Steamboat to Salida 13 Oct to 17th Oct (part 1)

After a relaxing and enjoyable six days in Steamboat, staying in the Rabbit Ears Motel, I set off south through some lovely farmland, before the road turned to dirt yet again and rose up into the uplands towards Lynx Pass, some 50 miles from the town.  I was riding alone again, Eric had ridden on a few days earlier.

I arrived at Stagecoach State Park to find that the dam on the reservoir was being rebuilt, necessitating an 8 mile detour all the way around the lake.  The lake is heavily used for recreation, with numerous camping sites and picnic areas.  On such a lovely day it seems strange to see them all empty, but this is the quiet season in this area – most camping sites have long closed.

From there the climbing up to Lynx Pass commenced in earnest.  The rest in Steamboat must have done me some good as I found it relatively easy.  It helps when the weather is so lovely.

It feels more like winter up past 8,000 foot, as the Aspens have lost all their leaves.

I got to the Lynx Pass camping site just past the high point to find an unpleasant surprise.  It was closed due to forestry works – they were actually cutting trees within the campground.  But it was 5pm, and not enough light to be sure to get to the next campground (at least 15 miles away) before dark, so I camped there anyway.  It is a lovely campground, very peaceful, but after setting up my tent I found that the water pump was broken – so I didn’t have enough water for cooking.

The morning was cold and frosty but very beautiful.  I set off on a gentle downhill on a roundabout route to Kremmling.

I came to a ford which the maps said might only be impassible in the Spring.  But it sure looked deep to me.

A quick walk around revealed why it was so deep.  A beaver had built a dam just below the road!

The scrub was too dense to bring my bike downriver, so I had to go upriver to find a suitable ford.  Inevitably, I ended up with very cold and wet feet.

So I set off with the sun on my face and ice in my boots towards Gore Pass.

The ‘official’ route included what was promised to be a very beautiful downhill and climb into a Canyon on the Colorado River.  But on something of a whim, encouraged by my lack of a cooked dinner the night before, or breakfast (basically, I was surviving on nuts and Clif Bars), I decided to hop on the road to take the much easier road over Gore Pass and the highway across to Kremmling.  After just 2 miles of steep climbing, it was essentially 20 miles or so of descending on smooth highway.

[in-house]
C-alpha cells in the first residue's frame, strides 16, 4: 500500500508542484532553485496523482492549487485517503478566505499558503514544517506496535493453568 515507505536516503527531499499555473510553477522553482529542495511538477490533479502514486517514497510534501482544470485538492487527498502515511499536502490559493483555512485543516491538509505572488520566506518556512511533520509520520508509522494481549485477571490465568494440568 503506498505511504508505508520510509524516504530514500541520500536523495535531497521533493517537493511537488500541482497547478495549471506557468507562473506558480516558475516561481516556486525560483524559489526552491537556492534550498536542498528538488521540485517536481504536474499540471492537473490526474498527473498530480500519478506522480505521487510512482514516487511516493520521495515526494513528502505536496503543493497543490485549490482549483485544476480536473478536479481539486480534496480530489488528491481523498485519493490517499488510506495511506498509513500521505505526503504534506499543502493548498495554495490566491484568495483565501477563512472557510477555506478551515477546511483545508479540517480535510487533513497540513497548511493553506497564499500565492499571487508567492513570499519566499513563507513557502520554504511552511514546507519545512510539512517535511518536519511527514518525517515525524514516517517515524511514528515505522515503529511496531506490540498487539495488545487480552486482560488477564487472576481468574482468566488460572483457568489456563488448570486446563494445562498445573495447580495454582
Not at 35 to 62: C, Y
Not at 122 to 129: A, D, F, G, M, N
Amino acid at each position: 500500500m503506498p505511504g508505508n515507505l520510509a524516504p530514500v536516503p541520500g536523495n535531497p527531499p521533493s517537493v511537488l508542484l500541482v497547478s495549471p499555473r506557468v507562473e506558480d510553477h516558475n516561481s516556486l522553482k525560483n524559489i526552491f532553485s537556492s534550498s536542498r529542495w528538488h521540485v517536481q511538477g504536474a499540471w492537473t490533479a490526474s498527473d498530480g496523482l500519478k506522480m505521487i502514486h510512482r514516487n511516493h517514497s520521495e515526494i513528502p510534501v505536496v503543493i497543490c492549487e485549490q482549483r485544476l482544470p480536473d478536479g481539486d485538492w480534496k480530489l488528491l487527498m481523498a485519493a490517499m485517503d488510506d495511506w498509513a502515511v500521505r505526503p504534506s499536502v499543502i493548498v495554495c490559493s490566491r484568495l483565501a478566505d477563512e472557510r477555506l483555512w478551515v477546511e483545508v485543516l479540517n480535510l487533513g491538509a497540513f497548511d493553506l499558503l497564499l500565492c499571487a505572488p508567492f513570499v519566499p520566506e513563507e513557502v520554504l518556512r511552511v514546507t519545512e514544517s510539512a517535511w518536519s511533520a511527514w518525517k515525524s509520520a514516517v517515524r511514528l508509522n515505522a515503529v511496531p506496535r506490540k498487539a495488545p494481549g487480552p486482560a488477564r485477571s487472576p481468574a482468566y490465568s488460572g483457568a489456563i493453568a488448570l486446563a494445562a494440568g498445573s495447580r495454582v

I made it to Kremmling and instantly regretted taking the fast route.  Its not exactly the most interesting place to spend the last few hours of daylight on a lovely day.  Not horrible, but nothing much of interest either.  I stayed in what proved to be a very overpriced Inn, and planned the next days ride.

The ‘official’ Divide route goes on higher roads over Ute Pass, before dropping down to the main road again into Silverthorne.  I was anxious to get some distance and that seemed too much of a detour when the main road was just 39 miles or so, and is part of another well known cycle route, the Transamerica Trail.  I set off, and for the second day in a row, regretted taking the ‘easy’ option.  The road is narrow and busy, and not a pleasant cycle.

But some of the scenery was very beautiful, and again, I was blessed with a lovely day.

And there were some interesting businesses along the way – how did they persuade the authorities to let them put this sign up?

Anyway, I soon got to Silverthorne.  I had intended to stay there, but as I got there so quick I decided to press on to the higher ski resort town of Breckenridge, 16 miles (and about 1000 foot) further on.

I was glad I did – Silverthorne seemed a little uninteresting, but it was a beautiful ride up to Breckenridge.  There was a near continuous cycle path – a beautifully designed one – almost the entire distance, a really great ride and I met lots of riders on the way.  The path started on the Dillon Reservoir (which provides most of the water for Denver), and continued up through Frisco, and into the very well preserved town centre of Breckenbridge.

Breckenridge is notoriously expensive, but it is off season and I found a very nice and reasonable place, the Fireside Inn, a B&B and hostel, run by an English couple.  I was tempted to stay a day or two, but the forecast was for bad weather to arrive in three days time, so I was under pressure to keep going if I was to make Salida.

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2 Responses to Steamboat to Salida 13 Oct to 17th Oct (part 1)

  1. lawless says:

    I got a giggle out of the sign. Lovely pictures!

  2. gyatsola says:

    I’m sure someone had a bet to see if they could get a sign like that up!

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